Pier Luigi continues to show great attachment to the Imperial service. He (Sylva) places great trust in him, and communicates confidentially and under reserve whatever he deems important under present circumstances. Pier Luigi says that Pope Paul wishes to send him on to Genoa that he may there negociate the peace with France; but more likely it is to promote tree interests of his own family, and see what can be done in the Monferrato affair, Pier Luigi hinting that, should the thing be decided according to his wishes, the Pope would then be ready to become the Emperor's ally, and at once grant the crusade for all his kingdoms and dominions. Believes that between this day and to-morrow Pier Luigi's departure for Genoa will be decided.
Must not omit to mention a rumour well worthy of notice under the circumstances, namely, that the French, as he (Sylva) wrote once, are renewing their offers of most advantageous marriages for the daughter of Pier Luigi. Although this may not be positively certain, he (Sylva) considers it most probable.
Count Pitigliano has entered the service of France with 200 horse and a number of foot; he is to receive annually 3,000 crs; Stephano Colonna that of Venice; that is why, in his (Sylva's) opinion, the offers lately made to him according to orders, must be discontinued.
The servant of this embassy sent to Siena, Florence, and Lucca for the ruppose of selecting forces from each of those places to escort to the frontier of Tuscany the Emperor's keeper of the hannap (guardo-joyas), has not yet reported his arrival at the latter city, whence he was instructed to write specifying the route the man is to take, that he may be properly escorted and attended to on the road.
Enclosed are two letters, one from Ascanio Colonna, another from His Majesty's ambassador in England (Eustace Chapuys). As to the former he (Sylva) cannot make up his mind to believe what he says; there must be either gross exaggeration or misunderstanding of some sort. With respect to the ambassador's, and the affair mentioned in it, he (Sylva) has thought it better not to speak to His Holiness about it, for that would be tantamount to falling into the same evil, which the ambassador very wisely wishes to avoid. Indeed, were His Holiness to become aware of the caution (cautela) with which the Princess is proceeding in that affair, he might impart his suspicions to the French, and very soon the king of England would be informed of them. Yet if His Majesty thinks that the Pope ought to know, let orders come in that sense.—Rome, 27 Oct. 1536.
Thanks the Emperor for the leave of absence that came on the 20th inst.
Signed: "Conde de Cifuentes."
Addressed: "To the Sacred Majesty of the Emperor and King, our Lord."
Spanish. Original, partly in cipher. pp. 6.

Footnotes

1 "Sans toutesfois proiudicier á celles quil auoit avec la France, car autrement ne le pourroit sans domaige de son honneur, mais specialement de son proffit, quest a mon aduis tout le reffrain de la balade."
2 Dr. Sampson.
3 "Et a ce que ma mande dire iceluy evesque le dict duc ne fait grand cas de la susdite emotion et tient le cas estre tres aise a remedier disant que leur assemblee ne pouvait exceder le nombre de vm homes. Aussi ma le (me l'a) le dict evesque envoye dire quil ne veit de long temps le dict duc si ioyeux quil estoit auiourdhuy [ce] que ie interprete sera a cause de sa reconciliacion contre (avecque?) le roy ou pour plaisir quil auroit de ce bruyt [pensant] que ce seroit la destruction et ruyne de son competiteur et enemy Cremuel, auquel se imputoit la coulpe de tous ces affaires, et duquel les mutins, comme lon dit, demandent la teste."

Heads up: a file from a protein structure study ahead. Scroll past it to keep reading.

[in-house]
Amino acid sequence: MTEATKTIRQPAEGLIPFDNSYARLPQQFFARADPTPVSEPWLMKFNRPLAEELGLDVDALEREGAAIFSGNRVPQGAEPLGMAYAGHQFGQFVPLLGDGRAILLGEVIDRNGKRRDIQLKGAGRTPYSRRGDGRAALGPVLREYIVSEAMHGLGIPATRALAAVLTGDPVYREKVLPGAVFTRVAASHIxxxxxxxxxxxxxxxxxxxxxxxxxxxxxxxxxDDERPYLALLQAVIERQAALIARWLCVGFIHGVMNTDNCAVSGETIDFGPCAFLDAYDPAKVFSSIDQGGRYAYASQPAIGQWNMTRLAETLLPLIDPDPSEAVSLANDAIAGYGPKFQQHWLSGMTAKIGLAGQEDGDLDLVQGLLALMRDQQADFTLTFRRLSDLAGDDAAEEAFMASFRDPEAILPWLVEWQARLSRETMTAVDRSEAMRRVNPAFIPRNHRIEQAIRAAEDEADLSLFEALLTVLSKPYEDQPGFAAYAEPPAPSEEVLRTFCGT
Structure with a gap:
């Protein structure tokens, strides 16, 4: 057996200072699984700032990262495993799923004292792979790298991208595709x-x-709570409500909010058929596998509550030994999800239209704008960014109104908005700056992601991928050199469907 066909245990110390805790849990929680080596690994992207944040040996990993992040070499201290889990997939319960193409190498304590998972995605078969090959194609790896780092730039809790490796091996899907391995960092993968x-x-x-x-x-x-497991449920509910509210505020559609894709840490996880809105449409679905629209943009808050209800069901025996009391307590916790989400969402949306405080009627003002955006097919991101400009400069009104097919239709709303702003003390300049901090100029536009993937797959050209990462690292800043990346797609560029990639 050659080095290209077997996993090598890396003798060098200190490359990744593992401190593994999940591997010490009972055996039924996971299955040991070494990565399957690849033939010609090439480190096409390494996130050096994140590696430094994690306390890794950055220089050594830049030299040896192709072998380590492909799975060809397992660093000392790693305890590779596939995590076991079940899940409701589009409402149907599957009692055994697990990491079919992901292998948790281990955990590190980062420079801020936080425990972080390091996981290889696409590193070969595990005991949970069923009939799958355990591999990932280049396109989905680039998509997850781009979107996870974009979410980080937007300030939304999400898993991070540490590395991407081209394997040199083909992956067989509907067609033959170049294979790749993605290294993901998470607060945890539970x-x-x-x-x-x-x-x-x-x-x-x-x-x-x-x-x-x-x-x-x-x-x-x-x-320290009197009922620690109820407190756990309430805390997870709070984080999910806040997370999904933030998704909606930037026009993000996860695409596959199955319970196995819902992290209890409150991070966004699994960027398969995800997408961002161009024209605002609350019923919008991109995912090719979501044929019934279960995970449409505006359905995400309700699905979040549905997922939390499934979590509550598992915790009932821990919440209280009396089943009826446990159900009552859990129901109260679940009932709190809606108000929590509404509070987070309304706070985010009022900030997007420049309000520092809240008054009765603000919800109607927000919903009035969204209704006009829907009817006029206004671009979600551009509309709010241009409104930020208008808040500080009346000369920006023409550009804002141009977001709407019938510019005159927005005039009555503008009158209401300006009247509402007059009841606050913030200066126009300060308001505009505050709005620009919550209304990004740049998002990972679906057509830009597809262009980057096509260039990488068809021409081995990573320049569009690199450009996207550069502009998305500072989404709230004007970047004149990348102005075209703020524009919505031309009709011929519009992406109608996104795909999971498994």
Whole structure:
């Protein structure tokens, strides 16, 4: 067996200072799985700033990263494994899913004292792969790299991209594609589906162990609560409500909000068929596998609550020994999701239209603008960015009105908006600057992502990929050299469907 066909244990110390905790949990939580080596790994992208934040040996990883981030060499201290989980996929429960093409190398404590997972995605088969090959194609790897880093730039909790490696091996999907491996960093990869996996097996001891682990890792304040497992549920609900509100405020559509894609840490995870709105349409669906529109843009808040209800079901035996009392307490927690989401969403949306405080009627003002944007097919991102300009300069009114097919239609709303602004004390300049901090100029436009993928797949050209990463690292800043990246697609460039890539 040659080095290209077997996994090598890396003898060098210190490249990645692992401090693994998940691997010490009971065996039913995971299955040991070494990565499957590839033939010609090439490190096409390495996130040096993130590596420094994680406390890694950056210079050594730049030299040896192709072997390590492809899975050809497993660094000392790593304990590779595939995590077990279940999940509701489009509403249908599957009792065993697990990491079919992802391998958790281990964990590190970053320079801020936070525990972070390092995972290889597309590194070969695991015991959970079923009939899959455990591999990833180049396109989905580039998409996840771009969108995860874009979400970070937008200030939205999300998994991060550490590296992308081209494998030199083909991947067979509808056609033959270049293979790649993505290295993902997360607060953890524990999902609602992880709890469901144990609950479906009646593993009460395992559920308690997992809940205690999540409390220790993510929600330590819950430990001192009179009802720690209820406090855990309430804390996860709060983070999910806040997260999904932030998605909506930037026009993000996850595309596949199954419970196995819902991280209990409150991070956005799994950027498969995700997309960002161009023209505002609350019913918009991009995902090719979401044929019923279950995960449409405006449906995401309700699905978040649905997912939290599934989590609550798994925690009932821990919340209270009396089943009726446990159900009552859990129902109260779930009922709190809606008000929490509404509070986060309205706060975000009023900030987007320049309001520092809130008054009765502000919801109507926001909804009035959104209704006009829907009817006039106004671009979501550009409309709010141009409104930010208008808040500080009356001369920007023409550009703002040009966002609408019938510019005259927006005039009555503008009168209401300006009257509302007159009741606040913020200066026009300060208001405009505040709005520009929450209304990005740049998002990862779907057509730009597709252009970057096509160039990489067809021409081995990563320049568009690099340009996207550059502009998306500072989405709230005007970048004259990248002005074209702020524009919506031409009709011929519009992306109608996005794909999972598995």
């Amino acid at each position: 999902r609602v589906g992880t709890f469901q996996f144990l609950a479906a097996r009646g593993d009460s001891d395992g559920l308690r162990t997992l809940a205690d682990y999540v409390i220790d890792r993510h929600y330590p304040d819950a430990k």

4 Lord Hussey (?) See Part I., pp. 459, 470, &c.
5 Lord Darcy and Lord Hussey.
6 "Autrement cela seroit cause que ceulx-cy feroient les draps, et nayant des dcuite diceulx seroient contraintz licencier leur serviteurs, les quelx se passeroient avec les mutins."
7 The deceased Katharine, her mother.
8 Ambrogio de Recalcatis.
9 "Por no haver entendido del embaxador que allá reside causas suficientes por donde [se] defiriese de no hazer la satisfaction que convenia publicamente en tal caso, ha escripto el dicho embaxador que ay causas justas por donde conviene al servicio de Dios y de Su Alteza defferir esta satisfaction, y por esto se ha pensado y no he hallado otro medio para que se haga lo que conviene al servicio de la señora Princesa, y que Su Santidad no entienda lo que la Sma Sa Princesa ha hecho sino pedir á Su Sd un vivœ vocis oraculo in genere de donde tacitamente sera comprendida ella."
10 "Y porque para poder estar segura la Sma Sa Princesa es necesario que haya muy grandes causas para ello, las qualcs, aunque las apuncta el embajador, no se entienden bien, remitiré al dicho embaxador," &c.
11 The Cardinal, born in 1512; archbishop of Braga (1533–40), of Evora (1540–59), of Lisbon (1560–78), regent of the kingdom 1562, and king of Portugal after the death of Dora Sebastian, his nephew. Died in 1580.
12 Probably those relating to the proposed marriage of the Infante Dom Luiz, or the often promised investiture of Milan.
13 Yo bine aqui á bisitar (sic) á la reyna,mi Señora. Su Alteza [h]a holgado mucho comigo y con sus nietos; está buena á Dios gracias; dezyrlo—eys de mi parte á la Serenissima Reyna, mi hermana, bisitandola de mi parte." At this time Catalina, daughter of Philip I., and sister of Charles V., was queen of Portugal, having been married in 1525 to Joaõ III., king of that country, who died in 1557, when his widow became regent of Spain. She herself died in 1578.
14 See above, No. 58. In Bergenroth's volume, the XVI. of his "Collection of papers and letters from Simancas," this answer to Reginald Pole's letter of the 17th of June is placed immediately after it, though without a date. True enough the endorsement on Pole's letter, as well as on the Emperor's answer (on the same sheet) has the following, "From Reginald Pole to His Majesty. On the English business. Answered at Palermo on the 14th of October 1537 (sic)." But, as I said there (p. same, note), there must be some mistake. Charles was not at Palermo in that month, but at Genoa, on his return from his unfortunate expedition to France. He embarked for Spain on the 18th of November, and landed at Barcelona on the 26th of December. He remained at Valladolid with the Empress till April 1537. The remainder of that year he was at Saragossa, Monzon, and other towns, until the 25th of April, when he again embarked at Barcelona for Villafranca di Nizza to hold his interview with the Pope.
15 By whom written, and to whom addressed, it is not stated; but by comparing it with the preceding one from Chapuys to the Empress Isabella (No. 110), it is evident that on the arrival of the news at Brussels some one, perhaps the Papal Nuncio himself, òr some official in Belgium, transmitted to Rome the intelligence.
16 At this time Morone, son of the celebrated chancellor of Milan, Girolamo, was bishop of Modena. Pope Paul sent him to the king of the Romans concerning the convocation of the General Council. See Gams, Series eptscoporum totius orbia Christiani, under Modena.
17 "Y porque ay opinion ser el derecho del dicho estado devoluto á S. Md y tambien por hallarse ay (ahi) los duques de Saboya, y Mantua y el marques de Saluzzo con log quales se podria tomar medio sobre esta materia."